Writing in an Academic Context
Academic writing is a particular style of writing. This approach to writing is more foreign than it used to be because the widespread use of email, social networking and other forms of electronic communication have affected how most of us write. Online writing is generally focused on information transmission. For this reason the considerations of formal writing such as having a thesis, topic paragraphs or conclusions are often not included. However, these are all vital components of academic writing and are also important elements for persuasive reports of any kind. In this post I want to address a few of the characteristics of academic writing that are different from the general requirements of the average email.
In academic writing all papers need a thesis. That is they need some kind of argument explaining what the paper aims to accomplish. This argument or thesis becomes the central organizing focus of your paper. Each section and each paragraph should be written in light of that thesis. The thesis should be introduced at the beginning of your paper and should be reviewed in light of your research at the end of your paper.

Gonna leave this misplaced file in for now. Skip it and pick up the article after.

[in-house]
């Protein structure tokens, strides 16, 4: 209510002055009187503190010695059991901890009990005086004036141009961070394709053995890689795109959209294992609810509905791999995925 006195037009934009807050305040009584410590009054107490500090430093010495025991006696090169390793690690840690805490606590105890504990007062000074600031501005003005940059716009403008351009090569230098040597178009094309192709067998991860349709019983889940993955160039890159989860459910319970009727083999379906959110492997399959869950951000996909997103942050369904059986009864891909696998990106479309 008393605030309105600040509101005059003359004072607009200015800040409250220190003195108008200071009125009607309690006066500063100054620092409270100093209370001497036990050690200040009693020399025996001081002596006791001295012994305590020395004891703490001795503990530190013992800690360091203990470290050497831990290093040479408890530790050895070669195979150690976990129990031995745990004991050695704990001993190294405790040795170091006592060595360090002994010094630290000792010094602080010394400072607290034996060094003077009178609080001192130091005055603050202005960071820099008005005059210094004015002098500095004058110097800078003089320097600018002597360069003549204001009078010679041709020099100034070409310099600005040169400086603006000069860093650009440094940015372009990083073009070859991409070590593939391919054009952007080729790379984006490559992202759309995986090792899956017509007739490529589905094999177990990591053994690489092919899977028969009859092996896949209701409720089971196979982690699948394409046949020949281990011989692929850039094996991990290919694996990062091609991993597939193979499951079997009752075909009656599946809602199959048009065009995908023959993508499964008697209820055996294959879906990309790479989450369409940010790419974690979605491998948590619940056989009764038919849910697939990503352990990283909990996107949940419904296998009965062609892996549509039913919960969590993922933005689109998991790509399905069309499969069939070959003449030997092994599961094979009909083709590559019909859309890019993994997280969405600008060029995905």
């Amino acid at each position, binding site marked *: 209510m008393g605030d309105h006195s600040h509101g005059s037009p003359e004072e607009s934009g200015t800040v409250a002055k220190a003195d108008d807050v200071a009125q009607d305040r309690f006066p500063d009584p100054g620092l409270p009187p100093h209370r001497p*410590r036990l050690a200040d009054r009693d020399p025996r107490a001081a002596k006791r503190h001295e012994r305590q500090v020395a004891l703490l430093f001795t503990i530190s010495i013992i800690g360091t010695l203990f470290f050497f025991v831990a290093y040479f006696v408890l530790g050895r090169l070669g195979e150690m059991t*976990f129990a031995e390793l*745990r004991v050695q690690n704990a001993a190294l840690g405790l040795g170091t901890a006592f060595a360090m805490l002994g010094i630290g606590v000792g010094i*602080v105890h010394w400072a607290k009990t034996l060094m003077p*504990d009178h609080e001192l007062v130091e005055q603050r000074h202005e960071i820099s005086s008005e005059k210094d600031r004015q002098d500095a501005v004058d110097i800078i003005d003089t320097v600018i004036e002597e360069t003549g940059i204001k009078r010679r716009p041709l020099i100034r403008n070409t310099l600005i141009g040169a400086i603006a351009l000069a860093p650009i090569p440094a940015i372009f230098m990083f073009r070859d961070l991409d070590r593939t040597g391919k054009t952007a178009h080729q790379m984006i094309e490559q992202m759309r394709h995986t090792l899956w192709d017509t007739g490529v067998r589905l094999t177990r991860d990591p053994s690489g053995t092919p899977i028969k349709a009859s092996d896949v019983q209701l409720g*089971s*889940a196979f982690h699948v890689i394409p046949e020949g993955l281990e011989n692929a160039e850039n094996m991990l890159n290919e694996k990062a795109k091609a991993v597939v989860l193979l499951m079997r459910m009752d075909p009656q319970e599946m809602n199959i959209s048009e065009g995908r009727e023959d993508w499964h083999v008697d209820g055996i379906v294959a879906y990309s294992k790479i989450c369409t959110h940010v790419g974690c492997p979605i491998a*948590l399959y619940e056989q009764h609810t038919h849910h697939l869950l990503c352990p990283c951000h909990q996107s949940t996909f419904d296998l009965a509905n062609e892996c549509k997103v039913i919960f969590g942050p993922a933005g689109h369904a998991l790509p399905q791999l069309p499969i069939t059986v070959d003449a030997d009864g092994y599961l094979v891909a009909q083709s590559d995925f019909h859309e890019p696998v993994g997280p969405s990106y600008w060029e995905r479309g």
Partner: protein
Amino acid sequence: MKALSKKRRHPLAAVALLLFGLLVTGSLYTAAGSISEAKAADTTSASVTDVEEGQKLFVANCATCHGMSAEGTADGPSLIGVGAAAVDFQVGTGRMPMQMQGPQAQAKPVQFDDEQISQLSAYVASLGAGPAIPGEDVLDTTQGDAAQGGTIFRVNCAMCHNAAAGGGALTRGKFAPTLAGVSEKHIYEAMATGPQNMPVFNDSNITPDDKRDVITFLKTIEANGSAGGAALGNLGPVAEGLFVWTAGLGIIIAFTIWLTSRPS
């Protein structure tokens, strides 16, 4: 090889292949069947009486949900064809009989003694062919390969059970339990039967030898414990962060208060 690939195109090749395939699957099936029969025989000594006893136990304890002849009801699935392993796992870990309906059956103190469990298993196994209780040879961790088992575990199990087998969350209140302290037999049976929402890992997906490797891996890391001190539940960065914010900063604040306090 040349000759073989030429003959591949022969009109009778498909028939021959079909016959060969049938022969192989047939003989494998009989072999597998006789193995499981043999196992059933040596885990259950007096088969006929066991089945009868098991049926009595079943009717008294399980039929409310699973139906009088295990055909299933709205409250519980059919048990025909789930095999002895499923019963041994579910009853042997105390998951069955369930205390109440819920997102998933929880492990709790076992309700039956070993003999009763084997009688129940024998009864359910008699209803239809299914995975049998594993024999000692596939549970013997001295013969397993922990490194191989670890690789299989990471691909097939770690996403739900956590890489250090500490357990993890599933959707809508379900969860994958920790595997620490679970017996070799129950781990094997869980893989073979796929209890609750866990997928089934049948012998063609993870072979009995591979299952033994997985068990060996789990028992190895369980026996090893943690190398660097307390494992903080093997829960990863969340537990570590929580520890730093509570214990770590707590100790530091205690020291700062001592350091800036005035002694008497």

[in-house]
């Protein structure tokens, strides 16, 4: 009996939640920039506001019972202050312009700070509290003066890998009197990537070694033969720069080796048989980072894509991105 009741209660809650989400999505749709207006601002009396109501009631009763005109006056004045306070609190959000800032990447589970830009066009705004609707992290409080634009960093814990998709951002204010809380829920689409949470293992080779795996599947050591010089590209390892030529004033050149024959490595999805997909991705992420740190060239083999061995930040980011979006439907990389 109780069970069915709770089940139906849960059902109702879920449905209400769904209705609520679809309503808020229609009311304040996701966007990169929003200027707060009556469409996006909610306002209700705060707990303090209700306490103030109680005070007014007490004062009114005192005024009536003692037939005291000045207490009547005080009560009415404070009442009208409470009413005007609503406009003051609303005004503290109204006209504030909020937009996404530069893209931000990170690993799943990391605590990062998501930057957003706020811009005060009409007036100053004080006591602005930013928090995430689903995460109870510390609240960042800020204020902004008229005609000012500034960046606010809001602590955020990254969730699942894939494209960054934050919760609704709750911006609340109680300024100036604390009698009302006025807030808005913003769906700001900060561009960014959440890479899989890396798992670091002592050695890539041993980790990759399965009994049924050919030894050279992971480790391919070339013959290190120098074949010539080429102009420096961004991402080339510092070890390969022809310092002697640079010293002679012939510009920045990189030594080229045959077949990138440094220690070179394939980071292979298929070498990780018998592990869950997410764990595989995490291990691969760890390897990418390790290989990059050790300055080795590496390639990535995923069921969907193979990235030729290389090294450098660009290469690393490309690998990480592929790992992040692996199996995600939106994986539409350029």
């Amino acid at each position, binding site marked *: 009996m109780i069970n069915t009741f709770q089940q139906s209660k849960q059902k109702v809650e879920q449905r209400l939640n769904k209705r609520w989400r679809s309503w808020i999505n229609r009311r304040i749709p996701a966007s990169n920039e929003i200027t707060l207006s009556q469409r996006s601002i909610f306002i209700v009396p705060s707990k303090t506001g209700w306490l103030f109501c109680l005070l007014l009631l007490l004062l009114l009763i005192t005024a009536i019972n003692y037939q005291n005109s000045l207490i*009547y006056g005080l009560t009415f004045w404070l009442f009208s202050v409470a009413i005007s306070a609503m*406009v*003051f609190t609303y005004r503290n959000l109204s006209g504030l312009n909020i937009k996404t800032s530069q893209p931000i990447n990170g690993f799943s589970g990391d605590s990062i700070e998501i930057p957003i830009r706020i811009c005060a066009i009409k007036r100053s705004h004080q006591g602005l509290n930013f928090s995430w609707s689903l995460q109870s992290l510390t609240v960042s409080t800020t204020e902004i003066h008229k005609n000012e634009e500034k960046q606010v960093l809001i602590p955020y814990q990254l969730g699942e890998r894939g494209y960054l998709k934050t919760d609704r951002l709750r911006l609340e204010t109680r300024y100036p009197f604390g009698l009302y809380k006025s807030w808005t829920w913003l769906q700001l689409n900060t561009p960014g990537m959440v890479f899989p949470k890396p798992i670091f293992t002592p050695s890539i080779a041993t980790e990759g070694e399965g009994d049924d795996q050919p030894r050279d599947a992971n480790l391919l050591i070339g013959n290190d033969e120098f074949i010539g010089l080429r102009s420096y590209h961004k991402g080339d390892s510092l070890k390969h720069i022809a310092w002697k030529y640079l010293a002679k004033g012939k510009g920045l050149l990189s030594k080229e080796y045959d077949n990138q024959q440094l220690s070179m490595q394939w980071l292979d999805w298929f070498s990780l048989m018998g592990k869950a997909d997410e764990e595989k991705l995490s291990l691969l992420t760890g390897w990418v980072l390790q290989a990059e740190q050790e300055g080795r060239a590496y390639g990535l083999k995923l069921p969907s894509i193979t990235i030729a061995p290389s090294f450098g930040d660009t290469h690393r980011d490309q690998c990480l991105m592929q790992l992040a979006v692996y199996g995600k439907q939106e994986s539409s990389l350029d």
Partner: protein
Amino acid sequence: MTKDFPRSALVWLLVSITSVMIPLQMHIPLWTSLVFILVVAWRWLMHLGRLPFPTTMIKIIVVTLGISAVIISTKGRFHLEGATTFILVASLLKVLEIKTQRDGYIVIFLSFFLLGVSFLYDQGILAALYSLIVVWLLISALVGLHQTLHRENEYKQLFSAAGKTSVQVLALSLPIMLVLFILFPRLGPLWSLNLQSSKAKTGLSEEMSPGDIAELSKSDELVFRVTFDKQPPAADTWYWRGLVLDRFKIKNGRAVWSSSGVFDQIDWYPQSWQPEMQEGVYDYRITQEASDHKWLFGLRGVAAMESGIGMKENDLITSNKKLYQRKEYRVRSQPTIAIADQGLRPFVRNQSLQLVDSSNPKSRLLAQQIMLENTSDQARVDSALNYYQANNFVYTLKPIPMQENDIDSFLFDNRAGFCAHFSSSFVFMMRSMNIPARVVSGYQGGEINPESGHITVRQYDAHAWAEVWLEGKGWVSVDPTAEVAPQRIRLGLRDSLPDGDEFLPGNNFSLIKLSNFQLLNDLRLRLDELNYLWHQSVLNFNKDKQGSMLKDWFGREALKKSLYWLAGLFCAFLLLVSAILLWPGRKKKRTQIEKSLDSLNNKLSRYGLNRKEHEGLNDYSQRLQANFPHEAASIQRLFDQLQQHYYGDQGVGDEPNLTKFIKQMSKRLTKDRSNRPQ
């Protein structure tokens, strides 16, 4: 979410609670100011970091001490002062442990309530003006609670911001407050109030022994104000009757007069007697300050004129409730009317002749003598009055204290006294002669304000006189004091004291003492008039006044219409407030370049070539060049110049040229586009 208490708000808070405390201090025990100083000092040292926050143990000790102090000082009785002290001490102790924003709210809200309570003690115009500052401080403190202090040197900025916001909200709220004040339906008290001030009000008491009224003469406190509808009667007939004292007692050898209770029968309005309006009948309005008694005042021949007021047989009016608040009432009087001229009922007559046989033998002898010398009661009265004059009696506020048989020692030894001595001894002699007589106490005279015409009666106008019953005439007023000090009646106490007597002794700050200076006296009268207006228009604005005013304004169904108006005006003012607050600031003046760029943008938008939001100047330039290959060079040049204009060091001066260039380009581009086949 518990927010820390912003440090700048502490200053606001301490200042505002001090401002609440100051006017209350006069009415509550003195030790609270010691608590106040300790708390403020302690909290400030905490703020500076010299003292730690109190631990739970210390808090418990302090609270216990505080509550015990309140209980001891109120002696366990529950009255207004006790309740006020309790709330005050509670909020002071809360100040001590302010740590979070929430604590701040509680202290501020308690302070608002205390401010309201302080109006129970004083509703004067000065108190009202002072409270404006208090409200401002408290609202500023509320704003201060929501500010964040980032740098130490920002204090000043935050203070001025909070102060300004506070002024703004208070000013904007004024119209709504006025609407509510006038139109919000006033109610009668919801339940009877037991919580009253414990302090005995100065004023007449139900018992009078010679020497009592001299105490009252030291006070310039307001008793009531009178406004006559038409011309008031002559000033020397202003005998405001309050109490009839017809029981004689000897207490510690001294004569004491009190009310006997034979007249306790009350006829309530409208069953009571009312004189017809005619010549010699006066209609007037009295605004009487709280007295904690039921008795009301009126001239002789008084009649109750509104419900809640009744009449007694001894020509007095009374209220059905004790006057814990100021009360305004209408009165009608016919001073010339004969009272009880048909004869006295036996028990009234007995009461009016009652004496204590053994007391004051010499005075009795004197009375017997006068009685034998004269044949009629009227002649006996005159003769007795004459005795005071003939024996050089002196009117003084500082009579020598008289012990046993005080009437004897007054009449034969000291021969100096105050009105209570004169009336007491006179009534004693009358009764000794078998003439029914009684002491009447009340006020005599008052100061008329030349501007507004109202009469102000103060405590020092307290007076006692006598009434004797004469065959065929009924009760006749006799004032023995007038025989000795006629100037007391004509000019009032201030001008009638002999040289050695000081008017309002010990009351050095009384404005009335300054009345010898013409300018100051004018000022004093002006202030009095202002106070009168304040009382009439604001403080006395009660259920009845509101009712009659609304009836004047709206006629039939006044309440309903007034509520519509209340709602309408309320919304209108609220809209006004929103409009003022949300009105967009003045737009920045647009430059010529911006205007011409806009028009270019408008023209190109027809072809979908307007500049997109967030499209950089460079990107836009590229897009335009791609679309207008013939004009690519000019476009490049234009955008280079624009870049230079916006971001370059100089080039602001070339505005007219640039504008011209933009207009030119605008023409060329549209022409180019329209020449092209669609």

In between the introduction and the conclusion each paragraph should concentrate on a single topic that is clearly related to the thesis. In writing that is intended for on screen reading paragraphs are often distinguished by a blank line and thus no indent is needed at the beginning of each paragraph (as in this online post). As the main objective is usually the quick transmission of information it makes sense to divide ideas into a large number of very short paragraphs. However, if you are developing an argument that is paragraphs or pages long a more structured approach to writing paragraphs is needed. There is room for stylistic license but in general every paragraph needs a topic sentence, a developed argument and a summary sentence. Either the topic or the summary sentence must link the paragraph with its immediate context and the whole paragraph must be linked to the larger thesis in some way. In academic writing paragraphs only change with a new element in the argument. A paragraph begins with a sentence or two explaining what the paragraph is about and how it links with the larger paper. The body of the paragraph develops the argument of the topic sentence. Finally, the paragraph often ends with a brief summary that somehow links the paragraph to the next one. Each paragraph is indented and there are no blank lines between paragraphs. See Writing Paragraphs for more detail on what this looks like.
Finally, all academic writing needs a conclusion that summarizes the main elements of the paper or report, describes the conclusions arrived at and draws out the implications of those conclusions for the paper’s audience. All three of these elements must be connected to the thesis of the paper.
Following these few guidelines will make your argument easier to follow and more persuasive and will make your readers more intelligent.